Sunday, July 1, 2007

First, Send Everybody Home

Three hundred-thirteen dead U.S. troops in the last three months and no Iraqi territory gained, none held, none pacified. Target-practice for the insurgents against the surge of American troops, set in motion by Presidential Medal of Freedom winner M. Paul Bremer when he sent everyone home four years ago. In one irresponsible and mistaken move, Bremer destroyed a functioning Iraqi society and opted for chaos.

Bremermedalfreedom Three hundred-thirteen dead U.S. troops in the last three months and no Iraqi territory gained, none held, none pacified. Target-practice for the insurgents against the surge of American troops, set in motion by Presidential Medal of Freedom winner M. Paul Bremer when he sent everyone home four years ago. In one irresponsible and mistaken move, Bremer destroyed a functioning Iraqi society and opted for chaos.
Taking the Czech Republic as an example of a more sensitive and sensible transformation (a regime change, if you will) from communism to democracy, there were lessons aplenty and footprints to be followed. Examples from Czech statesmanship might have served M. Paul and his associates, the failed and dishonored Paul Wolfowitz and the failed and dishonored Don Rumsfeld.
The instructor in this case is Vaclav Havel, dissident, writer and first president of the Czech Republic.
Vaclavhavel Havel knew better than to create and encourage a witch-hunt within Czech society, opting instead to vet and eliminate the worst of the ex-communist offenders and keep the rest in place. Czech society needed someone to run it. Who was that supposed to be, he reasoned, if all the communists were sent home to idleness and trouble-making? So, the country became democratic in name over night and democratic in reality very slowly. It was a learned craft, this self-government and it is still being learned eighteen years after the ‘velvet revolution.’
But Bremer had no patience for that. He wanted a house-cleaning and, not having time or inclination to listen to the lessons of history from tribal-warlord societies, he destroyed the house rather than do the hard work of nation-building.
  • First, he sent home the army
  • Then the police
  • Followed by the bureaucracy
  • And finally the teachers, street-cleaners, public health officials, garbage-men, tax collectors, managers of industry and ice-cream truck drivers
Bremerflyinghome He transacted this foolishness because the army, police, postal workers, managers of everything that provided civil services to the Iraqi population and the teachers, university professors, city officials and on and on,were—big surprise—somehow connected to the Baath political party. Saddam’s party.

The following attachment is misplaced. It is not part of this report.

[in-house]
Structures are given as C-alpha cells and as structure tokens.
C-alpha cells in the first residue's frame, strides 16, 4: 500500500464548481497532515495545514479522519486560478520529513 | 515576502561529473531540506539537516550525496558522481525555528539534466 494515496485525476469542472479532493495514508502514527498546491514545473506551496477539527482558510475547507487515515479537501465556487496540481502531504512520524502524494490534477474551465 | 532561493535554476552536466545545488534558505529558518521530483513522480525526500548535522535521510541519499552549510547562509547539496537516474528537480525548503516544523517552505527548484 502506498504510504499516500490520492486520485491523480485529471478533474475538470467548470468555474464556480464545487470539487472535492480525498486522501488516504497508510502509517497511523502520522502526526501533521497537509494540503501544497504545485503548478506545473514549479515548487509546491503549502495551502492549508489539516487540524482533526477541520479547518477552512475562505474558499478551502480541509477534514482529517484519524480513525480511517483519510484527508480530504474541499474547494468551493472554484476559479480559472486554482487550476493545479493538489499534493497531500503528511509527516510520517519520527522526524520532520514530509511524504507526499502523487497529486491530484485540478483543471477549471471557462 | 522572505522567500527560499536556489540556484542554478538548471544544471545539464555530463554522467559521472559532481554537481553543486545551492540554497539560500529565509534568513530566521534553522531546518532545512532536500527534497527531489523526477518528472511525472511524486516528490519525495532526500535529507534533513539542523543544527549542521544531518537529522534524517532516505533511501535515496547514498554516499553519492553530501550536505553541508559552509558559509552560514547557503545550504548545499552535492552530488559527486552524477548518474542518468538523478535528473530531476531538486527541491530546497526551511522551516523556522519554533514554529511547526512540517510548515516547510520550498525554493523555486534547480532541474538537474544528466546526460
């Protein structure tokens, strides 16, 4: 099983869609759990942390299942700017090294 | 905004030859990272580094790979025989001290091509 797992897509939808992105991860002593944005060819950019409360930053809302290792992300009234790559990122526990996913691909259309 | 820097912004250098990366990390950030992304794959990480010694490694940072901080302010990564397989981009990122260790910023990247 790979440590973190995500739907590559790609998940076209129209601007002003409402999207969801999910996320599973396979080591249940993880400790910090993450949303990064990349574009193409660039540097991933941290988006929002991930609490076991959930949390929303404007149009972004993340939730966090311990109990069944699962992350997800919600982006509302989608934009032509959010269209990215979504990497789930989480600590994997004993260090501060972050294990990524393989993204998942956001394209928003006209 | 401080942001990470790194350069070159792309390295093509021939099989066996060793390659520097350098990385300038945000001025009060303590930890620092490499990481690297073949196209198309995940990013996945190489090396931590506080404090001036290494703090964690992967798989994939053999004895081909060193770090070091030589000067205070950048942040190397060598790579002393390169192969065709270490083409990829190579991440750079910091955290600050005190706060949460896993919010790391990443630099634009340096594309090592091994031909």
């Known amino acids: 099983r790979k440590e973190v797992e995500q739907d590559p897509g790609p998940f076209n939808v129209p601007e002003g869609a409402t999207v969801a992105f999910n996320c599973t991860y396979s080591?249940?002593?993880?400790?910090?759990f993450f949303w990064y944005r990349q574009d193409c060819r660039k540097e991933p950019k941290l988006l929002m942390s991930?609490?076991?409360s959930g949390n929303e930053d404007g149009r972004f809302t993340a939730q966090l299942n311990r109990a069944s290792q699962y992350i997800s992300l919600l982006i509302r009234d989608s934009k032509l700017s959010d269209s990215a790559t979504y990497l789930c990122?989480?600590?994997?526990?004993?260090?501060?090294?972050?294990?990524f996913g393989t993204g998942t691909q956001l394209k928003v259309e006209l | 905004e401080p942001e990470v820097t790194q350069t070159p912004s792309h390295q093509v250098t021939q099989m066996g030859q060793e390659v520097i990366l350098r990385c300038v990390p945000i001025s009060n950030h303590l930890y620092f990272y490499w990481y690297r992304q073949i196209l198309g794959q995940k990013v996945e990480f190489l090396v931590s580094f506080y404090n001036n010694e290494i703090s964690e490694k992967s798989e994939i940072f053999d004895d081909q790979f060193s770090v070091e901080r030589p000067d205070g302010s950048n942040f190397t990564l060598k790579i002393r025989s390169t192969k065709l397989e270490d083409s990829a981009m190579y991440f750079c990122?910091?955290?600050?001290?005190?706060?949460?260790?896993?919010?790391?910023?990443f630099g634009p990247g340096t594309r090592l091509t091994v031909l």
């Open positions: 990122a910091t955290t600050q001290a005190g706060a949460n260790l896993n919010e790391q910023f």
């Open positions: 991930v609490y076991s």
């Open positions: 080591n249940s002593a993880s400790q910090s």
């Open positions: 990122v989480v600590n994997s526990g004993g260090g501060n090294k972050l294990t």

As in Czech society (where to hold any responsible job you had to be a communist party-member) Iraq required at least nominal Baath Party membership to advance in that dictatorial society. Most responsible positions were doled out on that basis. You might not love Saddam, but you went along to get along.
That reality was lost on M. Paul. Ignoring Vaclav Havel and the Czech experience, Germany’s reunification, as well as the transitional governments of Hungary, Slovakia, Estonia, Latvia, Lithuania and Poland; Bremer simply sent everyone home. He was in a hurry. The boss wanted democracy on the cheap and he wanted it fast.
So, in a country where the middle class was already selling their furniture to eat, he sent everyone who still had a paycheck home to gnaw at a corner of the remaining rug.
  • And turned the streets over to looters
  • And the power-grid and all other civil infrastructure to incompetents
  • And drove the newly poor military (who took home their weapons and knew where all the other explosive goodies were hidden) into an insurgency of survival that soon became an insurgency of national pride and Shiite-Sunni revenge.
Stuff happens. To paraphrase Rumsfeld, it’s not the army you wish you had that you send home, it's the army you have.
Militaryfuneral So the disaster in Iraq, for which these 313 sons and fathers, daughters and mothers gave their lives in the last 90 days, is not the commonly blamed disaster born of al-Qaeda terrorists.
It is the gradually revealed disaster born of neocon hubris and incompetence, where the perpetrators of one catastrophe after another award themselves medals and hand off blame in whatever way is most convenient.
Vaclav Havel, who shook George Bush’s hand in Prague last month, would easily understand the scenario. He lived under similar incompetence and blame-avoidance for forty years. Until the wheels came off communism. Not so much because it was a failed philosophy (which of course it was) but because it was so thoroughly and inherently incompetent.
The wheels have similarly come off the Bush neocon-inspired administration, not so much because it had a failed philosophy, but because it was (and is) overwhelmingly, stupendously, incomprehensively incompetent.
Small government, low taxes, balanced budgets and democratic principles are laudable goals. Nothing at all wrong with that part of the Bush political philosophy. It’s incompetence that has brought us enormous (as well as unrelentingly bungled) government, record deficits, tax irresponsibility and a near collapse of democratic principal both here and abroad. Unfortunately, it doesn’t end there. The incompetence of this Republican administration is so deep and pervasive that it has prominent Republicans running from it as well.
The only entity that has less public approval (by half) than our president is the Congress. In Washington, it might be good policy to follow what was disastrous policy in Iraq.
Send everybody home.
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